Objectives: The main aims of this work were to describe patterns of medication use in the treatment of chronic hepatitis B virus (HBV) infection in patients in the northern part of the Netherlands and to compare these practices with established guidelines. In addition, the duration Of use and the costs of these treatments were investigated.
Methods: We selected Subjects from the University of Groningen's IADB.nl database; by 2006, the database provided Information about drug utilization from 55 community pharmacies in the northern Netherlands and included a population of 528,911 Individuals, of which 49%, were male. Eligible subjects had received >= 1 prescription for drugs used to treat chronic HBV infection (le, lamivudine, pegylated interferon-alpha 2a, pegylated interferon-alpha 2b, adefovir, tenofovir, and entecavir) between the years 2000 and 2006. The annual prevalence and cumulative incidence of HBV treatment per 1000 people covered in the database were calculated and stratified by sex. Kaplan-Meier Survival analysis was used to analyze the duration Of use. Drug costs in the treatment were calculated for all patients or per patient, and by drugs used per subperiod (2000-2003 and 2004-2006). Treatments for hepatitis C virus and HIV were excluded from the analyses.
Results: From the database, we identified 59 patients (46 male, 13 female), aged 25 to 60 years, who received >= 1 prescription for a medication to treat chronic HBV infection between 2000 and 2006. The overall prevalence of people using chronic treatments for HBV was between 0.03 and 0.06 per 1000 during the years Of the study. The cumulative incidence of treatment Was similar to 0.01 per 1000 per year (ranging from a high of 0.021 in 2000 to a low of 0.009 in 2006). When stratified by sex, there were more male than female Subjects who received medications for HBV Lamivudine was the most commonly prescribed drug, followed by adefovir and pegylated interferon-a2b. In 2000 and 200 1, lamivudine was the only medication prescribed for the treatment of chronic MW From 2002 to 2006, the prescription rate for lamivudine dropped from 90%) to 61%. In contrast, the prescription rate for adefovir increased from 4% In 2003 to 36% In 2006. Pegylated interferon-alpha 2b remained stable at 8% to 11% between 2002 and 2006. Twenty-five percent of. patients had stopped HBV treatment by the end of I year. Fifty-five percent had stopped by 3 years. Seventy-seven percent of patients received their first HBV prescription from a medical specialist. Per patient, the cost of drug therapy was highest with adefovir. From 2004 to 2006, the cost of adefovir therapy accounted for 49%) of total expenditures for the treatment of chronic HBV (equivalent to (sic)128,037; as of January 2010 (sic)1.00 = US $1.43). The second and third most expensive drugs were tenofovir and pegylated interferon-alpha 2b ((sic)33,700 and 0131,250, respectively). Costs incurred per patient increased over the years of the study period.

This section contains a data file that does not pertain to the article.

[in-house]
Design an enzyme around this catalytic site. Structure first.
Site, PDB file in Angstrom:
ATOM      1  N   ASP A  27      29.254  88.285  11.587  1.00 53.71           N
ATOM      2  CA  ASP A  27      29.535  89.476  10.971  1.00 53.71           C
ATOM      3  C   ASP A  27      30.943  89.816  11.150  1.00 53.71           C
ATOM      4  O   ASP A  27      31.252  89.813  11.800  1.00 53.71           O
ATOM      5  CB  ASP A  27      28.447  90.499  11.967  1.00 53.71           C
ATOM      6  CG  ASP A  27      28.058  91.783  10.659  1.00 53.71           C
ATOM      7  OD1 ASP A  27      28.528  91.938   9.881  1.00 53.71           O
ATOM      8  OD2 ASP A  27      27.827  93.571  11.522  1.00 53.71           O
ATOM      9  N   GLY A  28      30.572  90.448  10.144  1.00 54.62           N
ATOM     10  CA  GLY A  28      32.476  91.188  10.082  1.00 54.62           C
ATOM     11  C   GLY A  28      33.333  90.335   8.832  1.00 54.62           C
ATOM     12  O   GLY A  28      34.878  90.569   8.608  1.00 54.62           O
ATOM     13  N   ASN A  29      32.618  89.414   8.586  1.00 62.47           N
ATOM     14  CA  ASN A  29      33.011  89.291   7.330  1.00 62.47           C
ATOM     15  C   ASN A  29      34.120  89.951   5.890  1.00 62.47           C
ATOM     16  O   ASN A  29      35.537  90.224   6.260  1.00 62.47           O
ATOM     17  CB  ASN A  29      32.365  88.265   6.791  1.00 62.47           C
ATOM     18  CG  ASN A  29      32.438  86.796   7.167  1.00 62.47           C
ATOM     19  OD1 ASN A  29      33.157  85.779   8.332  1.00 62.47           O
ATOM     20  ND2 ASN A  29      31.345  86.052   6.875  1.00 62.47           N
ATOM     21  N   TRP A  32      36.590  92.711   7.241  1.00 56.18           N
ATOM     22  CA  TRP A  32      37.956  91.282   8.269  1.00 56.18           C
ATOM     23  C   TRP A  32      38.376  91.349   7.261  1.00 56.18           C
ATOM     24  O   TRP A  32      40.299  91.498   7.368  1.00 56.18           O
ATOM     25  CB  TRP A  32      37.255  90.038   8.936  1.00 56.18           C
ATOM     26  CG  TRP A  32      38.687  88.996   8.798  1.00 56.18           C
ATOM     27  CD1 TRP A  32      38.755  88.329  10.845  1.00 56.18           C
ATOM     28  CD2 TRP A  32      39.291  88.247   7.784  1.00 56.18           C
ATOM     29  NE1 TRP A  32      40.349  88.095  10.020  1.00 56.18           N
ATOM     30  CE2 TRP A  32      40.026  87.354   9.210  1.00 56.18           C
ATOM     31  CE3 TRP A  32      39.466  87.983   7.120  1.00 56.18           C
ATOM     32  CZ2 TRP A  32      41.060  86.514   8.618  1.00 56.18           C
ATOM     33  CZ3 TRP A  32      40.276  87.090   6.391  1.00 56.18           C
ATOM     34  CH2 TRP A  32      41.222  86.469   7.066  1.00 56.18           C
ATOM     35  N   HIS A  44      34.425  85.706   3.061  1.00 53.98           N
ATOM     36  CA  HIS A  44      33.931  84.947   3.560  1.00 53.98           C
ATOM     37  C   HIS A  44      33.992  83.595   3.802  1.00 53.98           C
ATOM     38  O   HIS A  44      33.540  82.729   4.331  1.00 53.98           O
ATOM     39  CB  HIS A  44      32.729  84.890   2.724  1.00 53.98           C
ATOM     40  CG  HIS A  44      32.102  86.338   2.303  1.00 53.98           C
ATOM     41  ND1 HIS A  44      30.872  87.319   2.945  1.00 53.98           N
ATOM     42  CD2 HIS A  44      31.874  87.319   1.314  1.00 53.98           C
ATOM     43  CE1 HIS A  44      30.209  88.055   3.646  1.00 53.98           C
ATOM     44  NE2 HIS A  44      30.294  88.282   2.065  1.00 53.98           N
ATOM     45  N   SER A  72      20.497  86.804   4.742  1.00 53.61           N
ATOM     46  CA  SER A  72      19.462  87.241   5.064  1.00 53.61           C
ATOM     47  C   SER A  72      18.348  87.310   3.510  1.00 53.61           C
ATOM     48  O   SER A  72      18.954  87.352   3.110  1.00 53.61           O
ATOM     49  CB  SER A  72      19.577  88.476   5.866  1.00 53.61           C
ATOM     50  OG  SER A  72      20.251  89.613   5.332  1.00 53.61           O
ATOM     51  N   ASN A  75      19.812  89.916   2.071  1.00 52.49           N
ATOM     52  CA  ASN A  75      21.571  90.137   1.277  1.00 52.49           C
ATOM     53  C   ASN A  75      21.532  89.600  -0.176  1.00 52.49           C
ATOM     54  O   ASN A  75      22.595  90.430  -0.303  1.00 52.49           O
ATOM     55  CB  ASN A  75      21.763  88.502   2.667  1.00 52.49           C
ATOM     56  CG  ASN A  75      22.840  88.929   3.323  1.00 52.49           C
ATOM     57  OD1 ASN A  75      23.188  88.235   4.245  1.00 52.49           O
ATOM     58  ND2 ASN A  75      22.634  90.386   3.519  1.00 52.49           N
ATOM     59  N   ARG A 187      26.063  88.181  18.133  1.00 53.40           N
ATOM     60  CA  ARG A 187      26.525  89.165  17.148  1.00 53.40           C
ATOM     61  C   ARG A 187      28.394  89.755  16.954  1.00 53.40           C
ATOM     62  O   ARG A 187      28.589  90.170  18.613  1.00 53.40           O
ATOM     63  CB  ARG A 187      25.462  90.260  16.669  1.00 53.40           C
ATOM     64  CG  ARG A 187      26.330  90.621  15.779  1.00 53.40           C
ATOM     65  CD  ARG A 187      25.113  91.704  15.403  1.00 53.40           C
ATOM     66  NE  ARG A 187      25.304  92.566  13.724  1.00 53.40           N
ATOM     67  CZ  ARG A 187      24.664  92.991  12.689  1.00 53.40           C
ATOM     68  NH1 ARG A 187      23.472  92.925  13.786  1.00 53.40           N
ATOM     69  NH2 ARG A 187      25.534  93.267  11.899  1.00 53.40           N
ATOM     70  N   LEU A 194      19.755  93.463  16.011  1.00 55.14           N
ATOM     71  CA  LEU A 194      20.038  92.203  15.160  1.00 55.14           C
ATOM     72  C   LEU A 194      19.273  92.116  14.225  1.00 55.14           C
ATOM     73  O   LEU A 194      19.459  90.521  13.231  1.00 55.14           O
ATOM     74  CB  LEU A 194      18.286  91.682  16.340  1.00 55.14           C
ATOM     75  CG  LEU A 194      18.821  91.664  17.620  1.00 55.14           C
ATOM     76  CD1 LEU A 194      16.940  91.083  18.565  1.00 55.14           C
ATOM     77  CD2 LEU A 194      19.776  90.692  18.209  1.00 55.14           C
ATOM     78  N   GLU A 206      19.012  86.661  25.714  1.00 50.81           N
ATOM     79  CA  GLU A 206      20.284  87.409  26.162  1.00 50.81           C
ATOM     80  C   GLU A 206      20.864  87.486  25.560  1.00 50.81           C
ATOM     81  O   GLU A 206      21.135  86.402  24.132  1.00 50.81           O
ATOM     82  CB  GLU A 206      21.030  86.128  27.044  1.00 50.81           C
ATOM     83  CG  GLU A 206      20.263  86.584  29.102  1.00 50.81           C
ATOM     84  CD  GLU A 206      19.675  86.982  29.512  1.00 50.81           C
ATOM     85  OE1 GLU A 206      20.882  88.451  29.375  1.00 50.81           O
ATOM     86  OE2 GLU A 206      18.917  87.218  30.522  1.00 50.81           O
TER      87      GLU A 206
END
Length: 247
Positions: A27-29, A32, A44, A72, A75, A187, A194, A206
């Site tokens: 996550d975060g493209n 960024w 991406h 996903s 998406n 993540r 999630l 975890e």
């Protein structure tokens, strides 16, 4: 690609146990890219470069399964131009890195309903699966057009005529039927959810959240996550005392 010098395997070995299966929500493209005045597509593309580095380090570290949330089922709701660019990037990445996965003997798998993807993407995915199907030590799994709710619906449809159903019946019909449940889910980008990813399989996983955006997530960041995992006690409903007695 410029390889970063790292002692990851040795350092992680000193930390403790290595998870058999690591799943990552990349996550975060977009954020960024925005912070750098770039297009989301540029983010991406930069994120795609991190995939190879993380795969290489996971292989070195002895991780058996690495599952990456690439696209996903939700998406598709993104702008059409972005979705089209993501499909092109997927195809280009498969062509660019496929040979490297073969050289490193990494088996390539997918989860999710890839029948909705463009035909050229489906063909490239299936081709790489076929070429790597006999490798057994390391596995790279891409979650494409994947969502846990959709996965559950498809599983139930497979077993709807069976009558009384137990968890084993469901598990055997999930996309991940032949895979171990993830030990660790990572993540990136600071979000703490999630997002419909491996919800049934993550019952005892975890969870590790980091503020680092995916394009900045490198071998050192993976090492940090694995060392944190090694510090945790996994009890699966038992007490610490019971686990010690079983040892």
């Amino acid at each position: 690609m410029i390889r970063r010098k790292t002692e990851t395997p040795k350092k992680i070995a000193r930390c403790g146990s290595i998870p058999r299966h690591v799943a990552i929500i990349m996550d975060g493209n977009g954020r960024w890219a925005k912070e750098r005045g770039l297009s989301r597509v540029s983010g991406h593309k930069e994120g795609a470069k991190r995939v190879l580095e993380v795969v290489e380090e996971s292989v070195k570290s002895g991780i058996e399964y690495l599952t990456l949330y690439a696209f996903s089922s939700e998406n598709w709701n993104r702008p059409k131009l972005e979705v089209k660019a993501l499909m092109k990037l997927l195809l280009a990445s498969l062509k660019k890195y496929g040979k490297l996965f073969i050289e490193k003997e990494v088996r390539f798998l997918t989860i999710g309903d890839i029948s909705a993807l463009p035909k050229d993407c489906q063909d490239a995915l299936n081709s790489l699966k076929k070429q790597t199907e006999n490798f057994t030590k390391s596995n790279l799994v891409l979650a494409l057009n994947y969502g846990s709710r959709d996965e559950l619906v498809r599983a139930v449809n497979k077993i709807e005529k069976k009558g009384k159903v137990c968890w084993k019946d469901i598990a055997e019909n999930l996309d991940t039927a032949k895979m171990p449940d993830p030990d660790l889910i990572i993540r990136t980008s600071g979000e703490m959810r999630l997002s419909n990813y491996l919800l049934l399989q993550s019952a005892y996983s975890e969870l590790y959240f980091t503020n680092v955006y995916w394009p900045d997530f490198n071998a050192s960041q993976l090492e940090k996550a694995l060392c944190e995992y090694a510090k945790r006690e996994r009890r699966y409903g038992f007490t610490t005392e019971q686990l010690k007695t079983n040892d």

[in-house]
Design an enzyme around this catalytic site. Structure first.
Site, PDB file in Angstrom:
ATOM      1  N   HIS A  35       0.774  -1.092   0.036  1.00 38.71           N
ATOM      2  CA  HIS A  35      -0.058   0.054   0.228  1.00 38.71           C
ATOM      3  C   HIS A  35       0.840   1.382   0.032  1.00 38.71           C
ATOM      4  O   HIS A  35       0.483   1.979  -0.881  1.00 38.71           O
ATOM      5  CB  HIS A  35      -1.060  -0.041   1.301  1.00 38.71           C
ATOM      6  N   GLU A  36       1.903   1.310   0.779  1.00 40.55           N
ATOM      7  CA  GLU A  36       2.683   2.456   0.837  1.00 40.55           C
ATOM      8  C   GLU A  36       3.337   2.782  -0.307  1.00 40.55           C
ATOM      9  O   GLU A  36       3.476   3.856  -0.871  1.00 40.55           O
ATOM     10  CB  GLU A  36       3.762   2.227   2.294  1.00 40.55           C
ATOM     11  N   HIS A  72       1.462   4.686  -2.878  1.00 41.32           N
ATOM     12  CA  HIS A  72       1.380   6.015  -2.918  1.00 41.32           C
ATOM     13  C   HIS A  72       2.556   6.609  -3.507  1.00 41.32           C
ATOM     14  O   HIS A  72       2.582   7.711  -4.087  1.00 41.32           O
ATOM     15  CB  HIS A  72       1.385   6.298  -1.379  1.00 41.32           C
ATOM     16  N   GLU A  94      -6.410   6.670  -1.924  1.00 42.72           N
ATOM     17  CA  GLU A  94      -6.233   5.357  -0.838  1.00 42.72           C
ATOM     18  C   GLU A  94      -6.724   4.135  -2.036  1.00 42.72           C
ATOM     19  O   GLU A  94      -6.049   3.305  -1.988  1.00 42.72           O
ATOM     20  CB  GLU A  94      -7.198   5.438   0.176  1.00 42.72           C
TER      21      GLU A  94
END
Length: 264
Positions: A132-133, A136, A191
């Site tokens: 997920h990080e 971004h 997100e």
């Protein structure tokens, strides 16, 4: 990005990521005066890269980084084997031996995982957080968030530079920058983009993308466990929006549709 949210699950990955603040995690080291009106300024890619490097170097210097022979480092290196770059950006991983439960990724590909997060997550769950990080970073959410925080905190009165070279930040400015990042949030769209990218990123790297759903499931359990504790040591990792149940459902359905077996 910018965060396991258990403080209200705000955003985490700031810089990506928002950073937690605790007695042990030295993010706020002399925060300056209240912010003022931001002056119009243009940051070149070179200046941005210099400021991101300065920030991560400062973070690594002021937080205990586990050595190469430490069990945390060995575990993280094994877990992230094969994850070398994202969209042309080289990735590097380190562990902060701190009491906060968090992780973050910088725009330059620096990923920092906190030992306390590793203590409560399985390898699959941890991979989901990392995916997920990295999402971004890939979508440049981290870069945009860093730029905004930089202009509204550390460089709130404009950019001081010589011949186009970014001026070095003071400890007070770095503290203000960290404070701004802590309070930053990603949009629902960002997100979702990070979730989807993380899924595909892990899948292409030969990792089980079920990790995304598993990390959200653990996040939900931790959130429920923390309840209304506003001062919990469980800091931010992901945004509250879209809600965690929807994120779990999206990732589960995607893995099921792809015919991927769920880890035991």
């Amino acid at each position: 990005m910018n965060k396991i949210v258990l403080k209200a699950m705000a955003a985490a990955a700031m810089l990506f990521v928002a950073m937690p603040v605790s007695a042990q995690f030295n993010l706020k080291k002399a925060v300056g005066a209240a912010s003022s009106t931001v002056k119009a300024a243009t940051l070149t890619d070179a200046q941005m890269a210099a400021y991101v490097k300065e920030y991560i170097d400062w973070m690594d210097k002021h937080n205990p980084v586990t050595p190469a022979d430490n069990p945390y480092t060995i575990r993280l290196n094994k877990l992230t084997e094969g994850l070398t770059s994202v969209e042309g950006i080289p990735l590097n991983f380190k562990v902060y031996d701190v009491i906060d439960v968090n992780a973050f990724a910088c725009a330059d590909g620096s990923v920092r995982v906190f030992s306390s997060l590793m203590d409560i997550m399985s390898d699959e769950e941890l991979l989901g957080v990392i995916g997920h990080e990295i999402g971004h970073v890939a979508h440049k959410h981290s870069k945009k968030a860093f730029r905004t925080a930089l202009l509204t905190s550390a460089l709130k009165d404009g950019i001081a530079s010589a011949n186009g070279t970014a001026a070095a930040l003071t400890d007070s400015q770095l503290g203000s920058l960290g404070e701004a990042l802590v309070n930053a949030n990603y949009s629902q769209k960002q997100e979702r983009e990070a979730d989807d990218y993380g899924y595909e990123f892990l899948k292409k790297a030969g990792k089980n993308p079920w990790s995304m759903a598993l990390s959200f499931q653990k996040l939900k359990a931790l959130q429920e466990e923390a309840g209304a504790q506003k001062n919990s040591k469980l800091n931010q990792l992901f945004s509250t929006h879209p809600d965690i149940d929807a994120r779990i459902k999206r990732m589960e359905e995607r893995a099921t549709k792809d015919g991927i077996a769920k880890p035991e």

Conclusions: The overall prevalence and cumulative incidence of patients with treatments for chronic HBV were relatively low in the northern part of the Netherlands between 2000 and 2006. The prescribing and utilization patterns were in agreement with international and Dutch guidelines. Given the low numbers of prescriptions, the costs also remained relatively low. (Clin Ther. 2010;32:133-144) (C) Excerpta Medica Inc.
- chronic hepatitis B virus
- DUTCH NATIONAL GUIDELINES